overhide.io blog
— free open-sourced "for gratis" and "in-app-purchase" (IAP) based authorizations in dollars and cryptos
— back-end code optional and front-end only OK... write code once but support many coins
— make the fusion of "logins" and "in-app-purchases" (IAPs) as banal and unliable as possible
27 Mar 2019
by Jakub Ner

When authoring a service or application targeted for a de-compilable user-agent such as a browser, it may be tempting to put all of your application’s business-logic in a single code base–one that runs wholly in browsers–and leverage ledgers.js for authentication and authorization. However, you must be cognizant that such application source code is in the clear, modifiable, and checks for authorization grants can be easily circumvented.

Browser code minifiers such as uglify.js obfuscate code and make it less comprehensible, but that only slows down bad actors who intend to copy the code and modify it.

This is an issue when your business-logic has code flows conditional on authorization tiers.


The overhide ledgers.js library helps a user authenticate, review authorizations, and top-up payments as necessary. The library–for its intended purposes–has its place in the login UX portion of overhide’s ledger-based authorization flow.

Figure 1: Ledger-based authorization flow.

The library can be used in a browser without any caveats for bad actors modifying the source code–as the login UX exposes ledger tallies for information purposes only–to enhance user experience . It allows signing for identity and popping-up widgets for transacting, but these are all user provided aspects. The bad actor–being the user here–doesn’t gain anything by hacking away at the login UX.

The Problem

With reference to figure 1 above, authorization occurs down in the business-logic (task in red). When the business-logic runs wholly in a browser, the wrong thing to do would be to check signature legitimacy and fetch ledger tallies right then and there, in browser code, directly using remuneration API or ledgers.js.

Consider the sample code of such business-logic:

var uri = ...; /* https://ledger.overhide.io/v1, https://ethereum.overhide.io, or ... */
var fee = ...;
var isAuthorizedForExtraGoodies = false;


  .then(res => res.json())
  .then(res => {
    if (res.tally >= fee) {
      isAuthorizedForExtraGoodies = true;
  .catch(e => {


if (isAuthorizedForExtraGoodies) {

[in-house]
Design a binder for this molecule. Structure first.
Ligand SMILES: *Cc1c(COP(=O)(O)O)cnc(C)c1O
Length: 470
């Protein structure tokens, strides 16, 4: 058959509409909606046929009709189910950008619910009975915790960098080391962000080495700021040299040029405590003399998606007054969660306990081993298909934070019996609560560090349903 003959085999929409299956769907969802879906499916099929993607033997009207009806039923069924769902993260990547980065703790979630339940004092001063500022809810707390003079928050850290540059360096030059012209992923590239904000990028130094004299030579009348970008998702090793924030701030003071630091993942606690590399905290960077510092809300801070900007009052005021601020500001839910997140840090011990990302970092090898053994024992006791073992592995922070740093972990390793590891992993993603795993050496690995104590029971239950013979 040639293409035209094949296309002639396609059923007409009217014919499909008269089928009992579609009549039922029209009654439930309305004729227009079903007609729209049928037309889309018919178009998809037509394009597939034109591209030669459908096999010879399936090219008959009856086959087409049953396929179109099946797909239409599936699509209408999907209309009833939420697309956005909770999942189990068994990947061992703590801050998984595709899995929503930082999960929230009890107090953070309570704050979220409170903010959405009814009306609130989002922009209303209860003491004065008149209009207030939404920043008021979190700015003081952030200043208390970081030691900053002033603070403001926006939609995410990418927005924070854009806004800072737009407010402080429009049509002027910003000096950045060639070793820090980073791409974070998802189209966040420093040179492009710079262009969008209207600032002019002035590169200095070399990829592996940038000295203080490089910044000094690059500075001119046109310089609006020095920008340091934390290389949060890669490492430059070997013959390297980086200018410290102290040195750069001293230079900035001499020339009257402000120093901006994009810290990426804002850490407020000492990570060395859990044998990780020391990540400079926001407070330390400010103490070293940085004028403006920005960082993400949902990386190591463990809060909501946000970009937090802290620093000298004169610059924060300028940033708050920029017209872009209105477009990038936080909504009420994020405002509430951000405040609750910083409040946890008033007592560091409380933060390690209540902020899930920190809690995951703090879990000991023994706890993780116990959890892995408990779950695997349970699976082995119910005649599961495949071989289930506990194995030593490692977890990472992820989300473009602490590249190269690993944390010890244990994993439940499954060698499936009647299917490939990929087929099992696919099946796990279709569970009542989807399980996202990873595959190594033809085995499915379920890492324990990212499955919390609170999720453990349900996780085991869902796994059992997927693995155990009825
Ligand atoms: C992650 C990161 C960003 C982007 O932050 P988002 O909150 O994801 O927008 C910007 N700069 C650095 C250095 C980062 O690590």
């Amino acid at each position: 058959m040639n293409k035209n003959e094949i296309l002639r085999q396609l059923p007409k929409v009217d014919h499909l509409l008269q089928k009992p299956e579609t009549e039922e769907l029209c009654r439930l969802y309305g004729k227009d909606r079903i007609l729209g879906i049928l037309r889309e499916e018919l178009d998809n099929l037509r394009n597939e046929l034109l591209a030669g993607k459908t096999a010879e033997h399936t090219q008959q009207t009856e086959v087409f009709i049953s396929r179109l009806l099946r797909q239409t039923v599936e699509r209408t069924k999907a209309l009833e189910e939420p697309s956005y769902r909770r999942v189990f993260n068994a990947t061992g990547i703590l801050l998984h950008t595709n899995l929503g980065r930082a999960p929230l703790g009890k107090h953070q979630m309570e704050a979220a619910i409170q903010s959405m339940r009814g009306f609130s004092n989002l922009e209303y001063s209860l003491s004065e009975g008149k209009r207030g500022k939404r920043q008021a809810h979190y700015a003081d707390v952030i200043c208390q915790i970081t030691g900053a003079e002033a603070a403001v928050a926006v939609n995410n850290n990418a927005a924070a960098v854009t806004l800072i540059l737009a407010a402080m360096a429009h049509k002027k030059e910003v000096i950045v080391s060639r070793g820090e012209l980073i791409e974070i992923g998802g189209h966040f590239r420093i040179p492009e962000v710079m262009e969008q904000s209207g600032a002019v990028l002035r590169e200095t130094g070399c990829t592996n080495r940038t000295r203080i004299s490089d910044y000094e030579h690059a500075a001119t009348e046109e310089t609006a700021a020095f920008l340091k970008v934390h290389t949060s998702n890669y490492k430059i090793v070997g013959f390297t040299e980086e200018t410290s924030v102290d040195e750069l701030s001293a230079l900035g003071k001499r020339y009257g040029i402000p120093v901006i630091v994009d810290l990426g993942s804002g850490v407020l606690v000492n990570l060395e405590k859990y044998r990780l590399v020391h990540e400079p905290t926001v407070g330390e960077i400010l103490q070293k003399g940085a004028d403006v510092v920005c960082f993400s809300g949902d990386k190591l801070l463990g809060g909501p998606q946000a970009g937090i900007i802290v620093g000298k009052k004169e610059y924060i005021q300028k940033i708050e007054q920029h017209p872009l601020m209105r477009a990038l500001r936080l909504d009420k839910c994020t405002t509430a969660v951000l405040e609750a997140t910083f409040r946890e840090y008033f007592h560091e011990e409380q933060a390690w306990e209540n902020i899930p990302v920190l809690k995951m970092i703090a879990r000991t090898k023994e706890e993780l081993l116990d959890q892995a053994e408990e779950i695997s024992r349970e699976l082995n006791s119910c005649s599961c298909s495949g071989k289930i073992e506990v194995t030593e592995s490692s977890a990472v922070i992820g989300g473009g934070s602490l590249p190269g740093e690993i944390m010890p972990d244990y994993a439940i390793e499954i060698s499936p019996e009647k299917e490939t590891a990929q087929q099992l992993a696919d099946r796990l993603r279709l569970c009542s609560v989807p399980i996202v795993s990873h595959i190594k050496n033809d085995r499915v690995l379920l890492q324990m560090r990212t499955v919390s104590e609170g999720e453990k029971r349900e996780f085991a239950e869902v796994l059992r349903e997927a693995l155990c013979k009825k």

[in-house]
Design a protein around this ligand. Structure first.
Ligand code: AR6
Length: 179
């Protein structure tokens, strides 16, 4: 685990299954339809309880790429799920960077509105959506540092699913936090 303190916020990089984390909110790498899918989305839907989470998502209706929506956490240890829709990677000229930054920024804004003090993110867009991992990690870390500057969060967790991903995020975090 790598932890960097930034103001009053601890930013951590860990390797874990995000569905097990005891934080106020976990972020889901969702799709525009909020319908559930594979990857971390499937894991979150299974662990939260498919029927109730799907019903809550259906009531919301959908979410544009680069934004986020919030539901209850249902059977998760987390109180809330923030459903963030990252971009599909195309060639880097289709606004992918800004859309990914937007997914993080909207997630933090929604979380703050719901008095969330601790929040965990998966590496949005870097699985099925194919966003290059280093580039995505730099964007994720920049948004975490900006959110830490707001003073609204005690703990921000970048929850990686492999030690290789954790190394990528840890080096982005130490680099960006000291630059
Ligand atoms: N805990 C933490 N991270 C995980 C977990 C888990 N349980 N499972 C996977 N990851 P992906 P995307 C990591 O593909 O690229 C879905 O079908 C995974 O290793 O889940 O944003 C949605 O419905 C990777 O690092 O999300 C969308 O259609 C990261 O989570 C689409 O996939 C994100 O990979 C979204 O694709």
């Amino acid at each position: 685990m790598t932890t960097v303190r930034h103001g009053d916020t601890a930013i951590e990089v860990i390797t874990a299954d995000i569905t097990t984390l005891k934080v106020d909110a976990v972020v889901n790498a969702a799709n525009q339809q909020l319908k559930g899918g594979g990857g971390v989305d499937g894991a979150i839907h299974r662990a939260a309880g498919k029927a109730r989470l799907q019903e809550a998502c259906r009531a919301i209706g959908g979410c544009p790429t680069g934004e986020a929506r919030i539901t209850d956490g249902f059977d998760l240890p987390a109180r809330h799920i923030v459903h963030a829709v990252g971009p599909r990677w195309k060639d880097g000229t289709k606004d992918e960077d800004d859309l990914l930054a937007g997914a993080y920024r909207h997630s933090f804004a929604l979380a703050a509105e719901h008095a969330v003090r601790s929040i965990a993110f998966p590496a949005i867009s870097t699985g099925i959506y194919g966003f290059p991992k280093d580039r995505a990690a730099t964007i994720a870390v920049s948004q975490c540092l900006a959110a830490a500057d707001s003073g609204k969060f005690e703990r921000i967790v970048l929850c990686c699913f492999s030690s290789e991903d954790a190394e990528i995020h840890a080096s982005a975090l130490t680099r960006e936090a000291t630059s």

// functionality paid for



When a tally of transactions comes back (fetch->then), if it meets some fee expectation, the boolean that allows code flows with extra goodies is set to true (isAuthorizedForExtraGoodies = true)

There is nothing stopping a bad actor from flipping that boolean using developer tools right in the browser: gaining access to extra goodies for free.

The Solution

The solution is to create dependencies on a back-end; some code outside of the browser, perhaps cloud functions (see demo). Dependencies that will re-validate authorization and process/furnish mission-critical state/data back to the application. You need to make back-end calls as part of the application’s business-logic.

To drive the point home, ledgers.js will authenticate and help negotiate authorizations browser-side–but that’s solely for the benefit of user experience. The library will help establish some public auth data in the form of a user-address, message and signature. These non-secret auth details must be provided to the back-end so the back-end can re-validate relevant authorization grants.

Hence, in the back-end, in the critical-paths of business-logic we want gated with authorizations, we must re-validate authorizations by checking a public ledger and confirming a match for the provided user-address, message and signature.

We never provide any private-keys, secrets, or passwords to the back-end: this is not needed, with the user-address and signature the back-end can validate authentication and query public ledgers to check authorizations.

To do these back-end verifications we leverage the same very simple API that ledgers.js uses: the remuneration API. It’s a very minimal back-end authorization check.

At the end of the day a bad actor is not a legitimate user and majority of your efforts should likely focus on supporting legitimate users. Keep your fees fair and your updates frequent.